Politics has really gotten in the way of that, so at this point in time, even though there has been support for so-called early learning where additional dollars have gone into state pre-K, we have had a decimation of childcare. 90% of those families that previously would qualify for child care assistance, aren’t able to access subsidized child care because of new rules that have been put into place.

And this is done not because anyone thinks that’s good policy, but because of politics. So I was thinking about this, that how do we help our people who are so immersed and committed to this work be effective in their politicians’ communications?

And to me, what I’m aware of now, is that we have worked so hard to think about early care and education asa system that requires investments in pre-K, and birth to three, early Head Start child care partnerships, but these parts of the system they have to work together. And what’s happening, and Illinois as an example of this is, you can say you support early learning, but allow child care to completely implode, and you can’t deliver on early learning.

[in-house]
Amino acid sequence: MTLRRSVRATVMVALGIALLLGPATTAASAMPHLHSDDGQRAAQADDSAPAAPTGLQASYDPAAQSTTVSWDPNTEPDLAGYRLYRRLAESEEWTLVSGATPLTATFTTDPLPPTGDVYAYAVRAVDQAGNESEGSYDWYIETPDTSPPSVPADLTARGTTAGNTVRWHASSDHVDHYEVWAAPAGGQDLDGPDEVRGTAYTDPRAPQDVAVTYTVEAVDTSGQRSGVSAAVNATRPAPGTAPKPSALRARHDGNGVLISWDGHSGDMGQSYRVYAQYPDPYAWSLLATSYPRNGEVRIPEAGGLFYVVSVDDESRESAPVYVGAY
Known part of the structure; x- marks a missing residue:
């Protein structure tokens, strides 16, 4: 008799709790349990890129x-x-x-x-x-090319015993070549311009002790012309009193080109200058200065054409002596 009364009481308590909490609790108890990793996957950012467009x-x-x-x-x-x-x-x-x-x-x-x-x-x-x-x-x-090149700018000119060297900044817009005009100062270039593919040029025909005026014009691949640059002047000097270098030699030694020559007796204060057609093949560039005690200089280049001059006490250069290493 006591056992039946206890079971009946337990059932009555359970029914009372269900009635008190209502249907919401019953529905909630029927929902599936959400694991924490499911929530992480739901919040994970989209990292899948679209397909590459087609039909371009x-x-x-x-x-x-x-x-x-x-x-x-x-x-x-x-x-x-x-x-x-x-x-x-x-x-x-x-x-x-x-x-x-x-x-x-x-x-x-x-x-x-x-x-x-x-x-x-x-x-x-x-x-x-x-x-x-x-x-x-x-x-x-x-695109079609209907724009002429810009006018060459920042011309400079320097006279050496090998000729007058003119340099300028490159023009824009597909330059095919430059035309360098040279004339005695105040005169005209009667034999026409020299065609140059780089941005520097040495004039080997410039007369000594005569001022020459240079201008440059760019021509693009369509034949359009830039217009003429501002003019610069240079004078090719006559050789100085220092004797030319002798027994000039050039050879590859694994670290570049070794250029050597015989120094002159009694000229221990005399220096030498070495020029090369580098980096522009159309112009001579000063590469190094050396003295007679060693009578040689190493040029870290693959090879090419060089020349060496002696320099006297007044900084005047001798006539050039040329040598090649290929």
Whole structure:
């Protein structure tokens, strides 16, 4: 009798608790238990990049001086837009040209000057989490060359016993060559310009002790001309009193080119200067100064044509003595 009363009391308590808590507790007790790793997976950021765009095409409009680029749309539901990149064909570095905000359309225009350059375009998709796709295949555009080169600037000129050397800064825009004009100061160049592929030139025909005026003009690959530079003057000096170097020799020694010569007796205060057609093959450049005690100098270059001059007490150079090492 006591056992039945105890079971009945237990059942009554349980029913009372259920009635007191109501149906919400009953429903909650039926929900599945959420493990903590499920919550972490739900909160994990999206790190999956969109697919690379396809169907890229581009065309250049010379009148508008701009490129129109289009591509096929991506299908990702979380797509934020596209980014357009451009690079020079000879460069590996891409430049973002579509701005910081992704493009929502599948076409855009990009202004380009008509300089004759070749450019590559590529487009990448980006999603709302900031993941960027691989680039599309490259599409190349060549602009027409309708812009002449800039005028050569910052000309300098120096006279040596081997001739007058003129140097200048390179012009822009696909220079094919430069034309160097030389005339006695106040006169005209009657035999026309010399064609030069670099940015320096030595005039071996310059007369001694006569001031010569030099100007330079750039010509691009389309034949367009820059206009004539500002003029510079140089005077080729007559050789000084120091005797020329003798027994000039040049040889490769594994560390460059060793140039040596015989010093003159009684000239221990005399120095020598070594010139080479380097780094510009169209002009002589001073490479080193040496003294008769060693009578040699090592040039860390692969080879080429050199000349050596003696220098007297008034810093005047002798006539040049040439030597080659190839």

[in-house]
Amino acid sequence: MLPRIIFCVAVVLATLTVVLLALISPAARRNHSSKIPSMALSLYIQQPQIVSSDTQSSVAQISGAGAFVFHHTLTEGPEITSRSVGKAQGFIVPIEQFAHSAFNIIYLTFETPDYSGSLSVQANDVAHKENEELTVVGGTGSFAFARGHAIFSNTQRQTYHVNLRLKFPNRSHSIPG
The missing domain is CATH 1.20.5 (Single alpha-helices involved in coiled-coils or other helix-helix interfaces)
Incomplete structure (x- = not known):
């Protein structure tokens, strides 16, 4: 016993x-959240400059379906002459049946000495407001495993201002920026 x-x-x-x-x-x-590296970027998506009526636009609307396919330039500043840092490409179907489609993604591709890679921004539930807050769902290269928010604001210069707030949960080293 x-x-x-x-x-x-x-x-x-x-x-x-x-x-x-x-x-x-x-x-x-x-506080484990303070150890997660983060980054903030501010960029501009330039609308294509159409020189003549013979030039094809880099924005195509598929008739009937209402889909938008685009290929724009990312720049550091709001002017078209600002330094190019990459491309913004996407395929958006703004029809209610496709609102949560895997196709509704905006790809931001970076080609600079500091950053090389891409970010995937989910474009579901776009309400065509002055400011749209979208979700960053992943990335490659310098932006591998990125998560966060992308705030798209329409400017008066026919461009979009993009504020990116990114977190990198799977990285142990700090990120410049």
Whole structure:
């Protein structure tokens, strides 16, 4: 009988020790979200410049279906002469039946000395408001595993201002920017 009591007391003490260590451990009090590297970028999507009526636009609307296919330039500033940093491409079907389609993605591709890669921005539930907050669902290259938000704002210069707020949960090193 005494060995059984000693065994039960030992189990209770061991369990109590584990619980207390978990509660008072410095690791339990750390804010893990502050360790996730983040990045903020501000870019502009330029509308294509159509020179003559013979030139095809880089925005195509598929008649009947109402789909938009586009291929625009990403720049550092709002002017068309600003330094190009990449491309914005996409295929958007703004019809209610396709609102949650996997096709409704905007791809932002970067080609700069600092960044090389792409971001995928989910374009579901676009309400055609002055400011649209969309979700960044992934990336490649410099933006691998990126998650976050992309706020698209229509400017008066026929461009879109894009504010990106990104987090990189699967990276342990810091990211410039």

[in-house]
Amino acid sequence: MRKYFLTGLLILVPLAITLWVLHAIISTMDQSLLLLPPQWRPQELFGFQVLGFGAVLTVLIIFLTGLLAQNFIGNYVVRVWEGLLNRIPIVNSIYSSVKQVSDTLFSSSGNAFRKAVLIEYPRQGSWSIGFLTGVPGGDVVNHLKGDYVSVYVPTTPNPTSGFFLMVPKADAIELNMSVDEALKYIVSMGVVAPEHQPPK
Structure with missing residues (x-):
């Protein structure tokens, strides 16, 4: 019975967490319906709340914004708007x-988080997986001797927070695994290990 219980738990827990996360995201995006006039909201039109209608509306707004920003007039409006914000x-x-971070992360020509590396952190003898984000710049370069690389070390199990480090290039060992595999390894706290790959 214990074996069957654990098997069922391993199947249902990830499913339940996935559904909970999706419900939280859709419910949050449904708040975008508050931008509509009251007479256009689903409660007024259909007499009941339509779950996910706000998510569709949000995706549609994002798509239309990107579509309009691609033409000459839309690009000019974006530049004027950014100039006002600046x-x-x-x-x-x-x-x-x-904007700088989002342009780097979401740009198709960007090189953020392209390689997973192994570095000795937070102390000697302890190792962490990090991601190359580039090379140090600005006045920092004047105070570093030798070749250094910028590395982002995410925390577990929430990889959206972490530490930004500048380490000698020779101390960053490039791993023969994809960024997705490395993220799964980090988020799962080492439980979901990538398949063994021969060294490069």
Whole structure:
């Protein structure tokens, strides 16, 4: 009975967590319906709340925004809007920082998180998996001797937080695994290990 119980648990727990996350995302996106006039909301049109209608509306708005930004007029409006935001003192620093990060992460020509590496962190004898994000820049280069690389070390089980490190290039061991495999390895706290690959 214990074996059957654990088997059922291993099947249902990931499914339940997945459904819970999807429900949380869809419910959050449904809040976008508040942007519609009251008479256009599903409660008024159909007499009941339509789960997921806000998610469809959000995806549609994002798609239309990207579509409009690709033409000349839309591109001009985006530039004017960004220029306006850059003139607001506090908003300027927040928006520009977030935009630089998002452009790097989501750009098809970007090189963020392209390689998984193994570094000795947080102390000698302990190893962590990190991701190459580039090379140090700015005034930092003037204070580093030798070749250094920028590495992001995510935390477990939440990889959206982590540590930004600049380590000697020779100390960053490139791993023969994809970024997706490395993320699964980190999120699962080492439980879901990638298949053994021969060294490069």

So I guess where I’m going to is helping people articulate the complexity of providing the kinds of supports for early learning that is going to make the difference.

The venture capital approach, “where is that return on investment?” It’s going to require there to be an ability to say, “we need all parts of the system functioning like a well-oiled machine, so don’t tell me that you’re in favor of early learning, tell me you’re going to support a state pre-K, Head Start collaborations, childcare collaborations with Head Start, and universal pre-K so that our early childhood system can move forward and produce the learning outcomes and the workforce outcomes we all want.